, Volume 149, Issue 1, pp 98-106

State-dependent effects of alcohol on explicit memory: the role of semantic associations

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Abstract 

Rationale: Memory performance can be facilitated when the context in which retrieval occurs matches the context in which learning initially took place in two separate ways, in form of interactive or independent context. In the present study, the differential effects of alcohol, as independent context, on the free recall of items of high or low semantic associations were investigated. The high and low associations offer different strengths of interactive context at stimulus input, i.e. context that influences what will be stored. Methods: Using a state-dependent retrieval paradigm, alcohol (0.8 g/kg) or placebo was administered prior to encoding and/or retrieval and their effects were tested using measures of free recall. Forty-eight participants were tested according to a traditional state-dependent retrieval design where half of the subjects studied the items under alcohol (A), half under placebo (P) followed by retrieval of the items under A or P giving four groups (AA, AP, PA, PP). Results: Delayed free recall was significantly impaired when alcohol was administered prior to both encoding and retrieval of study material (P<0.05). Alcohol administered prior to encoding and prior to retrieval decreased especially the recall of high association items (P<0.05). Participants in the same-state groups (AA, PP) recalled fewer low association items than participants in disparate state groups (AP, PA; P<0.05). This effect of drug state on low associations may reflect an inability of weaker cues to facilitate retrieval in the presence of stronger cues (i.e. high associations and drug). Indeed, participants in the same-state groups recalled a greater percentage of material in form of high association items than participants in disparate-state groups (P<0.05). Conclusions: These results demonstrate that alcohol given at encoding and at retrieval specifically impairs retrieval of high association items. However, if the drug state is the same at encoding and at retrieval, the items with the high associations represent a higher proportion of the total recalled items. These data suggest that alcohol may provide an internal context that can facilitate retrieval of information, acquired in semantic context, which otherwise would have been lost.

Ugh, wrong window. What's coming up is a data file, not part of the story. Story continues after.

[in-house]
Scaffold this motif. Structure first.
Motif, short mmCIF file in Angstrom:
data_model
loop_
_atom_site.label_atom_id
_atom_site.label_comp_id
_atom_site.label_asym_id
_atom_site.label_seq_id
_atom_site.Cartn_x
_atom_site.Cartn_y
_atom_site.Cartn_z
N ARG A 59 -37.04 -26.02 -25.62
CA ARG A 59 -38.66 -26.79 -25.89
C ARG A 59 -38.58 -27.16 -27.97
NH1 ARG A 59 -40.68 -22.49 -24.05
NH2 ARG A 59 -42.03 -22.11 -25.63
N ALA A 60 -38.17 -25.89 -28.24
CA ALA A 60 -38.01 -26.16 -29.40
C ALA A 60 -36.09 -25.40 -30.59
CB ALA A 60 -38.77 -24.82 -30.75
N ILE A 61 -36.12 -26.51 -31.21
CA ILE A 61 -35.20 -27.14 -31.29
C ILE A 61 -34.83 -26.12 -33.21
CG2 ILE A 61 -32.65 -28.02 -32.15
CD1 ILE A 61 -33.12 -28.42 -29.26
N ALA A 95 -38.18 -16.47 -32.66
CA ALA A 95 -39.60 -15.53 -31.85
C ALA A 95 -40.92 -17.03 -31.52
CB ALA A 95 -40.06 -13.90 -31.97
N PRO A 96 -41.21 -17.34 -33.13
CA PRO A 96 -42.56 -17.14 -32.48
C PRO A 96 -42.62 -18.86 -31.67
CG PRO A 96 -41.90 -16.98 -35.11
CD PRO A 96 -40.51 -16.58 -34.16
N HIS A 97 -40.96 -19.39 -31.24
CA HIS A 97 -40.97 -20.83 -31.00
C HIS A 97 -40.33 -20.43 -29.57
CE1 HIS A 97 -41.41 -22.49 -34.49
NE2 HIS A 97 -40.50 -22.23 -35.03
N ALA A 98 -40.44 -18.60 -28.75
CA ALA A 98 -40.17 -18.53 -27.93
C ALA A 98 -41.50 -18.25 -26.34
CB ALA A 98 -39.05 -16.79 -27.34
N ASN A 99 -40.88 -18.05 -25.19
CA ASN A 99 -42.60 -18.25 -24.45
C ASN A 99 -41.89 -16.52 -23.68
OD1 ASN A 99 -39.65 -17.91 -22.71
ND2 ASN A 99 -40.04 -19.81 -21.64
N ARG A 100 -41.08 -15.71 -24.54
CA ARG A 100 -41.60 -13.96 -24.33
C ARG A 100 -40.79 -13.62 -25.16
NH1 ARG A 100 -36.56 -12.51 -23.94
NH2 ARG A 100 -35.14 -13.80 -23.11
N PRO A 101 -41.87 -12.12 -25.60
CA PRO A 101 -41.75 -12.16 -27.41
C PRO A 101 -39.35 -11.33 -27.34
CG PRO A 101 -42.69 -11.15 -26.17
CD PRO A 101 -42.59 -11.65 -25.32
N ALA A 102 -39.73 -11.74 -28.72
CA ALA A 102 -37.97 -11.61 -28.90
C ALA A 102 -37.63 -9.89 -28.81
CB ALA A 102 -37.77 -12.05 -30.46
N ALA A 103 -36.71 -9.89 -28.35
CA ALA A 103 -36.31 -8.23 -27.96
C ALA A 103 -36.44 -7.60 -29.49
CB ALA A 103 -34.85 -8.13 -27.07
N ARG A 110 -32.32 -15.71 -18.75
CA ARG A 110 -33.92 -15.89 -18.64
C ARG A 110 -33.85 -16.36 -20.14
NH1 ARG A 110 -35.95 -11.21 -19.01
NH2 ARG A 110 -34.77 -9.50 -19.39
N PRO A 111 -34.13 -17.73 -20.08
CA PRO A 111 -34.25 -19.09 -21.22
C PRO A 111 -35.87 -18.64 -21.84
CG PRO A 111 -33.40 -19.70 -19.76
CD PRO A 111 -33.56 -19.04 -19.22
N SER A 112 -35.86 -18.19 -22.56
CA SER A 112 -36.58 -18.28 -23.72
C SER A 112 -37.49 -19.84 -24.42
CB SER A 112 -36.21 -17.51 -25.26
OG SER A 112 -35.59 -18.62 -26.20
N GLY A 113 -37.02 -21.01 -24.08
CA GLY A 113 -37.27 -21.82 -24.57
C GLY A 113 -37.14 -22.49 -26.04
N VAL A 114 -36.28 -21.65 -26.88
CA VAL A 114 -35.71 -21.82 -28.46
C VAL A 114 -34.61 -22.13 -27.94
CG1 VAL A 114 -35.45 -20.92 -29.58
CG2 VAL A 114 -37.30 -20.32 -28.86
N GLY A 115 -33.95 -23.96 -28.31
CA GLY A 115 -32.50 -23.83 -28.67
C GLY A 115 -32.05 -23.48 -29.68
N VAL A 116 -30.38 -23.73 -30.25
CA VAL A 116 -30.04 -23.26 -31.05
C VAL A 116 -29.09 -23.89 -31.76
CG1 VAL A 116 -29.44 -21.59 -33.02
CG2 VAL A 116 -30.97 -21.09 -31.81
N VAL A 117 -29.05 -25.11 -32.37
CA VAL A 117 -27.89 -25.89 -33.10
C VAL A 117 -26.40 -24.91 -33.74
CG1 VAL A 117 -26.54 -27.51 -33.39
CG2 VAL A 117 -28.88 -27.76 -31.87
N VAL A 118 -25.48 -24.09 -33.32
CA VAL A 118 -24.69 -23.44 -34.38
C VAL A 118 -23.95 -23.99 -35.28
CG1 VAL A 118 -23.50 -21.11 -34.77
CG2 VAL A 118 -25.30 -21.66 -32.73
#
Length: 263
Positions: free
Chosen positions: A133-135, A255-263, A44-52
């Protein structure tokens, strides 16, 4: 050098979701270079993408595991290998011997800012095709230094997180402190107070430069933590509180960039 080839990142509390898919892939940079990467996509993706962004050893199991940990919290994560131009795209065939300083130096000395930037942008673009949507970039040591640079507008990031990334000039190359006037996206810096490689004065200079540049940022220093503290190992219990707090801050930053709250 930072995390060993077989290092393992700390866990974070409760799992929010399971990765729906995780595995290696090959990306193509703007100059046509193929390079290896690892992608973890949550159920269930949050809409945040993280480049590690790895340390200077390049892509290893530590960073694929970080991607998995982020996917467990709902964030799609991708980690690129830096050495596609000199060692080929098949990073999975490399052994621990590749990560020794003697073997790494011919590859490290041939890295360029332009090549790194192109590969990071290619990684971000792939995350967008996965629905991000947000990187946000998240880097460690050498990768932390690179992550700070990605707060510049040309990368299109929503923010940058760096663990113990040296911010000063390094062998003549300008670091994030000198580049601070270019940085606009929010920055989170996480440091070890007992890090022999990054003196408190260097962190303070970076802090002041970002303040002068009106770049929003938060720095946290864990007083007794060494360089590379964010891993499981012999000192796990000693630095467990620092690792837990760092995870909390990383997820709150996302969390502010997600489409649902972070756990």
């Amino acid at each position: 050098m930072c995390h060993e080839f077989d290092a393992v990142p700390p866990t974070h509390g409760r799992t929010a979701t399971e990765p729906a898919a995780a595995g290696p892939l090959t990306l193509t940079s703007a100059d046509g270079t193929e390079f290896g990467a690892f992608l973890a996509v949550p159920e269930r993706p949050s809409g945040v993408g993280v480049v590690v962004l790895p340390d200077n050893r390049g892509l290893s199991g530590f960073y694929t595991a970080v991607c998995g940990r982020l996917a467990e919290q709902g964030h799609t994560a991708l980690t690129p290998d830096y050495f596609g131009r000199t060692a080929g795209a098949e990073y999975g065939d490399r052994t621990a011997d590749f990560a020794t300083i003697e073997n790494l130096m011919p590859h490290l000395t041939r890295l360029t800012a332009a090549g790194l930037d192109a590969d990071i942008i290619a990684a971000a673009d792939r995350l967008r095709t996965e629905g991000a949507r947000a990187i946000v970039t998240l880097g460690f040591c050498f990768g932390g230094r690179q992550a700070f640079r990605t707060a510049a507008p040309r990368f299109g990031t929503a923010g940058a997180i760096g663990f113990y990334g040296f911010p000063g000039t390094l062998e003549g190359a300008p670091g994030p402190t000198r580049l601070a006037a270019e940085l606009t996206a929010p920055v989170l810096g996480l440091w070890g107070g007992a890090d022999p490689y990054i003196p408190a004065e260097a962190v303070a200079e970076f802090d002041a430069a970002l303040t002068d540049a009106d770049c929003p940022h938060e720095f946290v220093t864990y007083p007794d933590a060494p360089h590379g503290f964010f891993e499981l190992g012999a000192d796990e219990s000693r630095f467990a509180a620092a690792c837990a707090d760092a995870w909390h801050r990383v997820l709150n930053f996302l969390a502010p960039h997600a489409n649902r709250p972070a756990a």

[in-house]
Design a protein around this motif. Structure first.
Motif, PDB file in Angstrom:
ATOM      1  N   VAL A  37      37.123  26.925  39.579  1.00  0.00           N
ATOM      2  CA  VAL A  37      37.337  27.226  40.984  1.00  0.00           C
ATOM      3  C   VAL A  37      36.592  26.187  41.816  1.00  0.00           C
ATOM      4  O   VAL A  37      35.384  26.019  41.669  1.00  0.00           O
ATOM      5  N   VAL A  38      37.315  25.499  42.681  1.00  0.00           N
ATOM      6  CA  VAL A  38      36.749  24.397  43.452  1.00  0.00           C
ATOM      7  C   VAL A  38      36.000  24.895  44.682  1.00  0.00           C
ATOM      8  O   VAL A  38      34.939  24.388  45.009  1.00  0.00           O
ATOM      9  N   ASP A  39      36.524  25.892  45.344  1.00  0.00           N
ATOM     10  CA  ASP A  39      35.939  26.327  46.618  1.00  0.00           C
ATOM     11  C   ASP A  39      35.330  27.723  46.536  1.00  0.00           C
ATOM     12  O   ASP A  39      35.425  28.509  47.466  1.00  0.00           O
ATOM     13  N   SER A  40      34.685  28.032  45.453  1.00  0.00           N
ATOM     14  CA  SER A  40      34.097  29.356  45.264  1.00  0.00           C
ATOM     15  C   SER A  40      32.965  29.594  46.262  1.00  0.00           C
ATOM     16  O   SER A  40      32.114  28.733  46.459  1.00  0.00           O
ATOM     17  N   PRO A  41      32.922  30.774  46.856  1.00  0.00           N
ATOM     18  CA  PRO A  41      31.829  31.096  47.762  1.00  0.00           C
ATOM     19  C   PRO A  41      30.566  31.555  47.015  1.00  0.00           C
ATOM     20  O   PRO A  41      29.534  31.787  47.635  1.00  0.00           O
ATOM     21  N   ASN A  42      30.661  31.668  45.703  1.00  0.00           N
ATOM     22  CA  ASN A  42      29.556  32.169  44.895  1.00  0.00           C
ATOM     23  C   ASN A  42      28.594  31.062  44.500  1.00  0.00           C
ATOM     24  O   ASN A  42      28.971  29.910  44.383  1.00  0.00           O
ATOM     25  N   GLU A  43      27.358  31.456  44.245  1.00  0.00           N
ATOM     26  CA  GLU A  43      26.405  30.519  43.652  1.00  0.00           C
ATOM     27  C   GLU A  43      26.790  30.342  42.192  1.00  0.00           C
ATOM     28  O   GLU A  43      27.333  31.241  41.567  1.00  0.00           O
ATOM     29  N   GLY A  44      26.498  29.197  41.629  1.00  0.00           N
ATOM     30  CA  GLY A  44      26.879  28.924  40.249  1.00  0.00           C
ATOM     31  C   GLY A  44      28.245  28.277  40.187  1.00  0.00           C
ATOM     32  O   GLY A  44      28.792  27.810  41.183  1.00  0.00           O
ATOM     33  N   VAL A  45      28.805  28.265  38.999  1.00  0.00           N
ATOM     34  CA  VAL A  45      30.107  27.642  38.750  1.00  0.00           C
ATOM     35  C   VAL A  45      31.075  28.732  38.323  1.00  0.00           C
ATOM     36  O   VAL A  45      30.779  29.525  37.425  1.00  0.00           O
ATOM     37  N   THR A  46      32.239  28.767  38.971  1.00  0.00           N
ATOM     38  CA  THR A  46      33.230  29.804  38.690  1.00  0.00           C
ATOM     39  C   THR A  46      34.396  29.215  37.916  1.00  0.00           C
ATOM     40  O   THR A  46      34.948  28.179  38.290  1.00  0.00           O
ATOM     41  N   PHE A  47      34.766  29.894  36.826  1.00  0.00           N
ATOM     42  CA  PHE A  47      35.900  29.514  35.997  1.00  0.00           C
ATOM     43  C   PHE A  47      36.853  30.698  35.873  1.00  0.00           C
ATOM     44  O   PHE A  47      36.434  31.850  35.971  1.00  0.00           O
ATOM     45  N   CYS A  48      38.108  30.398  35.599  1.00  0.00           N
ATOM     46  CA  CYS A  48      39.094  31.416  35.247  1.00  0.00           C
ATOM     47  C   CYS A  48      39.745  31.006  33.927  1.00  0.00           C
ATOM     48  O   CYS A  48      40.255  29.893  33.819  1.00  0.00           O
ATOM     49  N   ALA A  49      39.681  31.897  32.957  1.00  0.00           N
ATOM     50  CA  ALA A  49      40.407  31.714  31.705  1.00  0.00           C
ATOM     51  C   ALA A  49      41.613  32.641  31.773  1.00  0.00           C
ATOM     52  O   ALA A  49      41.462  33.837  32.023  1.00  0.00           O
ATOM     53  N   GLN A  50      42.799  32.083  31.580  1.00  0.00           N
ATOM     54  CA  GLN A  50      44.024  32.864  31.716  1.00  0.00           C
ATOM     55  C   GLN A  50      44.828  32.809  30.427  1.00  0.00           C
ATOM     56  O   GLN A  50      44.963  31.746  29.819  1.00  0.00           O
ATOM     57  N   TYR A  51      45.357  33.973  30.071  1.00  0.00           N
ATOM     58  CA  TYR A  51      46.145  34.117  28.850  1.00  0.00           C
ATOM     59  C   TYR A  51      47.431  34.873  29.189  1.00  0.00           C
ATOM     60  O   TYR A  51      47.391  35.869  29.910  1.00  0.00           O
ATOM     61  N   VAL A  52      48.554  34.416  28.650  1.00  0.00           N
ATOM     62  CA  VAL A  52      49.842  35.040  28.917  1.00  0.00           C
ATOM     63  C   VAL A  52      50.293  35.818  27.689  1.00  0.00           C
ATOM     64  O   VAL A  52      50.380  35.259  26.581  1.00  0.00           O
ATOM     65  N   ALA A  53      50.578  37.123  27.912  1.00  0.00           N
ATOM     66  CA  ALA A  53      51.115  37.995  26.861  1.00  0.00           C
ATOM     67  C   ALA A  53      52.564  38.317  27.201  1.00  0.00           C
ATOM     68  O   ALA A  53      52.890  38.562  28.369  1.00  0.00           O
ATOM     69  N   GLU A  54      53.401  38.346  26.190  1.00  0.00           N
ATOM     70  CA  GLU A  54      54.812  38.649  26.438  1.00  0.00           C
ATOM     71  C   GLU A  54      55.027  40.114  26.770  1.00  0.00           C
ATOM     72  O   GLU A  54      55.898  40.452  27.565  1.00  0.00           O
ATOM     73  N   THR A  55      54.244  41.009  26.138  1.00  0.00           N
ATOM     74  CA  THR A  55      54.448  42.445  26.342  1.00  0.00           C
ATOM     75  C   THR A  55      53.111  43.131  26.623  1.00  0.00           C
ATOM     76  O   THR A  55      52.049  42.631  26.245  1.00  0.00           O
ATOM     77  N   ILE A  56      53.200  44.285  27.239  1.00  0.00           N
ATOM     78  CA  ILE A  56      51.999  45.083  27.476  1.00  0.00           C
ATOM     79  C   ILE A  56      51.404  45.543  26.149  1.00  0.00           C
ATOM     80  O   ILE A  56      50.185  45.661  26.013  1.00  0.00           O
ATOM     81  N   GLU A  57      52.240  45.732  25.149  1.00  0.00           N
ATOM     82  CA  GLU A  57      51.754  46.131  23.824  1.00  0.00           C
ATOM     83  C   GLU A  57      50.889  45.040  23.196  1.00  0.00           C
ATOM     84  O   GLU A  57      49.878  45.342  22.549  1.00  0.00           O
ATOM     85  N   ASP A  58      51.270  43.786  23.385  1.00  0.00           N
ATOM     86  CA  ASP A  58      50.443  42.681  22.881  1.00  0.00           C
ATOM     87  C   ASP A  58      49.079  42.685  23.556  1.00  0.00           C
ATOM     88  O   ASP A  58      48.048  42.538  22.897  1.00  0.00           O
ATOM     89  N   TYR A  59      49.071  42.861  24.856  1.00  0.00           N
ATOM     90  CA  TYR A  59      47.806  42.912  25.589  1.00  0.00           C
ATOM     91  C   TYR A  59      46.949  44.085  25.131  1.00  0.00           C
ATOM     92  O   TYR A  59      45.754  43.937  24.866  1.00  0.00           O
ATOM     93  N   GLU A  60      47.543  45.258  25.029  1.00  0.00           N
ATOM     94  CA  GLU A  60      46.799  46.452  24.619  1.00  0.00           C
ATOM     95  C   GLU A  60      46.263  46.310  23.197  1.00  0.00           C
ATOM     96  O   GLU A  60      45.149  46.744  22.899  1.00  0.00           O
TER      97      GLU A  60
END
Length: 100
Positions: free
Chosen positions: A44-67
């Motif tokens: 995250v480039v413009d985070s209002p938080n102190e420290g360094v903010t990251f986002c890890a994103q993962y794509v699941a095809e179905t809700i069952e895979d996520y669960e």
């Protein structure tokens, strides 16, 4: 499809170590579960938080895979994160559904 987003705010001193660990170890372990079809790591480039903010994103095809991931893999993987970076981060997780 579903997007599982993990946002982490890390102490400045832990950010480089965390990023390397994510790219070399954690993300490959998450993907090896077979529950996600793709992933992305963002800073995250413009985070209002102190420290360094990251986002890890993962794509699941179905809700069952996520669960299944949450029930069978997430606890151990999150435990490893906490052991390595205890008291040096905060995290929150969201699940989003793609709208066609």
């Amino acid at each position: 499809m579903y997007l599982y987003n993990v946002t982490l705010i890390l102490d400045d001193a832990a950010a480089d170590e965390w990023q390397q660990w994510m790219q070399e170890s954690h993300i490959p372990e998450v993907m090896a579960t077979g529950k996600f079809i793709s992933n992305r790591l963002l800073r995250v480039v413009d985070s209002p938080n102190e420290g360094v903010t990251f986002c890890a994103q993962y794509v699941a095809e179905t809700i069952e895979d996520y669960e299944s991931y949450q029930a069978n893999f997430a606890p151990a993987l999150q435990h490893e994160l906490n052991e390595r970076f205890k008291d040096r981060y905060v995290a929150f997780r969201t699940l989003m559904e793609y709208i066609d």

Received: 22 September 1999 / Final version: 19 November 1999